That's weird.  You know why I think the real issue isn't economic at all?  Because the situation he's describing absolutely defines black America and has for hundreds of years, and for some odd reason black America, trapped in cities like Flint that doesn't have clean water, trapped in places like Ferguson where the city literally uses the law to run its local economy by fining residents and running debtor's prisons, and yes, just like Appalachia, trapped in places with crumbling infrastructure, terrible schools, no economic opportunity, chronic drug and mass incarceration problems and on top of that hostile police forces that treat them as the enemy and can regularly kill black Americans with impunity.

If there's anyone in this country who should want to reset all the rules it's black America.  And yet we didn't vote to burn the place down, when we're even allowed to vote because on top of everything listed above we have a political party in this country dedicated to making sure we can't vote, either.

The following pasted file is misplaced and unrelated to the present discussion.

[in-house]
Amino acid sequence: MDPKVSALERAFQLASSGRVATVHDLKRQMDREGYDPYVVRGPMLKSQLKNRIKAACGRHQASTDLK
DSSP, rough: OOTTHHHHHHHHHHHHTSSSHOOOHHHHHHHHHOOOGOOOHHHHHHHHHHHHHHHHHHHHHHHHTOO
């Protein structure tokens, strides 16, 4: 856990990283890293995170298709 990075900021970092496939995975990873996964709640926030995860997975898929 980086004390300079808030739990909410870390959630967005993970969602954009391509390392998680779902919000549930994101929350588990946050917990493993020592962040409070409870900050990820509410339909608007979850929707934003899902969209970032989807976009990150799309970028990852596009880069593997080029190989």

Appalachia is tired of being forgotten?  That's why they lashed out?  How about Appalachia was tired of being treated like a bunch of ni-CLANG and decided that as bad as things are for them, at least they're not black.  They voted to reset the rules to benefit them at the direct expense of people not like them, but you notice they don't have Republicans trying to keep them from voting.

No, sorry Mr. King, your theory is garbage.  It was about the zero-sum game offered by the GOP to benefit coal country by having them help put those people in their place, and they took it.

Anything has to be better than being black in America, after all.

Saturday, December 3, 2016

Last Call For Audit The Vote

Looks like Jill Stein took her recount money and went home, laughing.

Green Party-backed voters dropped a court case Saturday night that had sought to force a statewide recount of Pennsylvania’s Nov. 8 presidential election, won by Republican Donald Trump, in what Green Party presidential candidate Jill Stein had framed as an effort to explore whether voting machines and systems had been hacked and the election result manipulated.